"And lead us not into temptation, 
but deliver us from evil."


In Matthew's version of what we commonly refer to as the Lord's Prayer, these verses contain the 6th and 7th petitions.
 
Some have misunderstood the 6th petition as suggesting that Jesus was asking God to not lead us into temptation. But before the Lord's Prayer was even recorded in its written form, we can refer to the Book of James, 1:13-14, which scholars regard as being one of the first written around 50AD, in which James says, "Let no one say, 'I am being tempted by God', for God cannot be tempted with evil, and he himself tempts no one."
 
In Paul's Epistle to the Romans, written around 57-58AD, Paul writes about the inner conflict we face when he says, "For I do not do the good I want, but the evil I do not want is what I do.... Wretched man that I am! Who will rescue me from this body of death? Thanks be to God through Jesus Christ our Lord!"
 
And then in Matthew's Gospel, written in 70AD, or so, Jesus is recorded as saying, "And lead us not into temptation." Most Christians interpret Jesus as meaning for us to not let other people, or things, or our own desires lead us into temptation or trial of the Spirit. The Lenten Season gives us the opportunity for renewal by being more intentional about not letting anything lead us away from God.
 
In the 7th and final petition, Jesus is asking God to deliver us from evil. Some scholars believe that this passage parallels Psalm 119:133b in which the Psalmist says, "Never let iniquity have dominion over me." Jesus was a master of the Hebrew Scriptures and frequently quoted them in his sayings. For example, the Christian Summary of the Law that Jesus constructed in the 22nd chapter of Matthew quoted from the Jewish Shema in Deuteronomy as well as a verse from the Code found in Leviticus.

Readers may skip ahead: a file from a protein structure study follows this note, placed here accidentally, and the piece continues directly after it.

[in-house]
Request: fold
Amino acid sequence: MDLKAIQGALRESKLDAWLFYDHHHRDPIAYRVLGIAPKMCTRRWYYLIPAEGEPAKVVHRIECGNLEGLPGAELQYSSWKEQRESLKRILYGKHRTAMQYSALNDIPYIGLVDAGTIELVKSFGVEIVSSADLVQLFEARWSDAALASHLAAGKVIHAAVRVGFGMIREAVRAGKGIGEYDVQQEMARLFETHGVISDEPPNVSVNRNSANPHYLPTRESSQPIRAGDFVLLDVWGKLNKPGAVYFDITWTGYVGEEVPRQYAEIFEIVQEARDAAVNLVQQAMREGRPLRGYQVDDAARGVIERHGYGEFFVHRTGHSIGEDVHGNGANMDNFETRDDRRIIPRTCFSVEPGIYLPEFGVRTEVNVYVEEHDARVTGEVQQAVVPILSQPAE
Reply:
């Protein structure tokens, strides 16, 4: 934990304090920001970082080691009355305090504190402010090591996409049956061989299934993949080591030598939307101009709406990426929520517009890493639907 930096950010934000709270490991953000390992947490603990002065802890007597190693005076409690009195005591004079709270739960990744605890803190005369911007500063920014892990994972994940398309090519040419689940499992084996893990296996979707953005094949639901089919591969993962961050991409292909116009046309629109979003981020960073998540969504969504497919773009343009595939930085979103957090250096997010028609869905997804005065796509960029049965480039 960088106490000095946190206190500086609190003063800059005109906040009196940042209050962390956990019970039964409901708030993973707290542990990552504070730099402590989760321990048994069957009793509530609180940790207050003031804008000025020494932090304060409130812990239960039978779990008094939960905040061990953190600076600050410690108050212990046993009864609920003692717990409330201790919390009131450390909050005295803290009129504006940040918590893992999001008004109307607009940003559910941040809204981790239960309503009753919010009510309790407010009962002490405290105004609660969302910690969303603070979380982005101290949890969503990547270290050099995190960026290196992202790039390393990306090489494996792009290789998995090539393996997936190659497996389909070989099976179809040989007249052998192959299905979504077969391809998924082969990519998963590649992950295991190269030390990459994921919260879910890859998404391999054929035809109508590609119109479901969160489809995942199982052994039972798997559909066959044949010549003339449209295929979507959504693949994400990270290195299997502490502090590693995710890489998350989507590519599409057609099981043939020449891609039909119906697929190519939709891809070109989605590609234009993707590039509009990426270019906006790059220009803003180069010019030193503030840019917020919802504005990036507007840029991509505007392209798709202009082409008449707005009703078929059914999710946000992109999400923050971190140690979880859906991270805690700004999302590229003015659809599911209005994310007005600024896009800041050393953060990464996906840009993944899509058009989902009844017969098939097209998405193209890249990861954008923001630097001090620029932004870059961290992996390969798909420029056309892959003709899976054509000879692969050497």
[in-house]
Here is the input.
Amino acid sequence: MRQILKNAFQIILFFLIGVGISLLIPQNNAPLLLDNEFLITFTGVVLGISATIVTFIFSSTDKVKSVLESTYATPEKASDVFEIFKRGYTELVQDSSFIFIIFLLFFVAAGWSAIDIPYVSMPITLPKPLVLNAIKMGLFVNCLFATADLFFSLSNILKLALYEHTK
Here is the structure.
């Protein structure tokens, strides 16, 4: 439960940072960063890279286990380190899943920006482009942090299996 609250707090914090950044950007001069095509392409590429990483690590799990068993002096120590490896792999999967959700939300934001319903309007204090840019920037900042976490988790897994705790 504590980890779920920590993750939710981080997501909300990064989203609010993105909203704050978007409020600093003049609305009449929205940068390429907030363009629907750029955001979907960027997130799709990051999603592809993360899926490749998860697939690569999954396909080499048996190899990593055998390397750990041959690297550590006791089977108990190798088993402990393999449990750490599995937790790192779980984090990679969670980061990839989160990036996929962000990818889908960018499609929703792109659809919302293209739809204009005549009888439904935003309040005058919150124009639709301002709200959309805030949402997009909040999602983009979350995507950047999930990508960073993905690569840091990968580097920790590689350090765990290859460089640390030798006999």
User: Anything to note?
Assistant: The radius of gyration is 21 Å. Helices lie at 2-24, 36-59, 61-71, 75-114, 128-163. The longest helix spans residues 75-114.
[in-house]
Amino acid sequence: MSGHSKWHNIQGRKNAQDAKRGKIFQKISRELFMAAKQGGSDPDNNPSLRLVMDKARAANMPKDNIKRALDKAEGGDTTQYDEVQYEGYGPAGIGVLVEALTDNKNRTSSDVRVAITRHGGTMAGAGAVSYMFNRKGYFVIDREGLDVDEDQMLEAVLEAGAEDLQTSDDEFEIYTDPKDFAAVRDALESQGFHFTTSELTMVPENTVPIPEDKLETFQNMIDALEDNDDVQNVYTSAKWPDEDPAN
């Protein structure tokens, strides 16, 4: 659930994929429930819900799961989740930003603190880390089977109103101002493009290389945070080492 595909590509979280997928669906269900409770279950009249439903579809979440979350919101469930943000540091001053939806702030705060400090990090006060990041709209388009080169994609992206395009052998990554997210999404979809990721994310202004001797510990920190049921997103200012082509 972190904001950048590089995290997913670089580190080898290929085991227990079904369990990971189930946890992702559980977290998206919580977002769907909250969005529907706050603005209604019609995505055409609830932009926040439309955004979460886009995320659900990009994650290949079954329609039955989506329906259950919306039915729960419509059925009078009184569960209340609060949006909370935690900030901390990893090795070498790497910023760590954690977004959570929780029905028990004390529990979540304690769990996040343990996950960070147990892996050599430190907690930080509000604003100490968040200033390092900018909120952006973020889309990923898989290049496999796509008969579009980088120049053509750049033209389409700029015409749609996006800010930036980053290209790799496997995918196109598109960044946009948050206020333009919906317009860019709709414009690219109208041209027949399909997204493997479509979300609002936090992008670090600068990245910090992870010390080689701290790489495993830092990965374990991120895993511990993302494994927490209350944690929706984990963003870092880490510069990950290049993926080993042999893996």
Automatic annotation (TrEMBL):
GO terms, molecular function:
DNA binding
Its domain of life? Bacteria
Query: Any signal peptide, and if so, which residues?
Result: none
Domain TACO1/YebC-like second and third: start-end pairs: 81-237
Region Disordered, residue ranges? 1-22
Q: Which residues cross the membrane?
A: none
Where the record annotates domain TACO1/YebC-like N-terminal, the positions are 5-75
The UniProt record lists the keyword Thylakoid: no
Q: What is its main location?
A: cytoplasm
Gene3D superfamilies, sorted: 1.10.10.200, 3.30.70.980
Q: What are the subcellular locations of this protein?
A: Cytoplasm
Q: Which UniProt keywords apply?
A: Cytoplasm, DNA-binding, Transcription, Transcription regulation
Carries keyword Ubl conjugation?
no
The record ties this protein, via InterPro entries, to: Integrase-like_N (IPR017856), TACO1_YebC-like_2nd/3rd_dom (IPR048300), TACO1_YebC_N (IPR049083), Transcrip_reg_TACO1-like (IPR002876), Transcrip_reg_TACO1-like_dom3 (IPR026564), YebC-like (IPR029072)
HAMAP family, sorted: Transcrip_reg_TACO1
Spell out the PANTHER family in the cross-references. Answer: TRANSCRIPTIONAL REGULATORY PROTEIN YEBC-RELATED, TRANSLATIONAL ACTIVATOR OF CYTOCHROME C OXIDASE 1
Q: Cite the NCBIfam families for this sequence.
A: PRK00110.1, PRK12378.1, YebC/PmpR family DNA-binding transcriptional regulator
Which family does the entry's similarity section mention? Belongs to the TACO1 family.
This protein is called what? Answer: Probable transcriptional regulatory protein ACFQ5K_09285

I had a fraternity brother with whom I liked to have deep discussions during college (and still do), who claims that there is not really evil in the world, it is simply "an absence of good", which is a doctrine attributed to St. Augustine of Hippo. That may sound reasonable when explaining why small children hit each other when they don't get to play with the toy they want, but I've never found it satisfactory when I look back through history and see the many examples of evil at work in the world, people like Hitler, Stalin and Mao in the last century alone.
 
Perhaps a better way of thinking about it is that evil is an absence of God, creating a spiritual vacuum into which negative actions and intentions are drawn. I believe that Jesus intentionally linked this 7th petition to the 6th by the conjunction, 'but', in the Lord's Prayer, in order to teach us that by not letting anyone, anything or even our own desires tempt us from following God's path, we are delivered from the evil of living a life without God.
 
So during this Lenten Season, let us follow both our patron Paul's advice in his letter to the Romans when he said, "Do not be conformed to this world, but be transformed by the renewing of your minds, so that you may discern what is the will of God-what is good and acceptable and perfect", and our Lord's prayer to not allow ourselves to be led into temptation and to be delivered from the evil of God's absence in our lives. 

Submitted by
Mr. Timothy Kilpatrick

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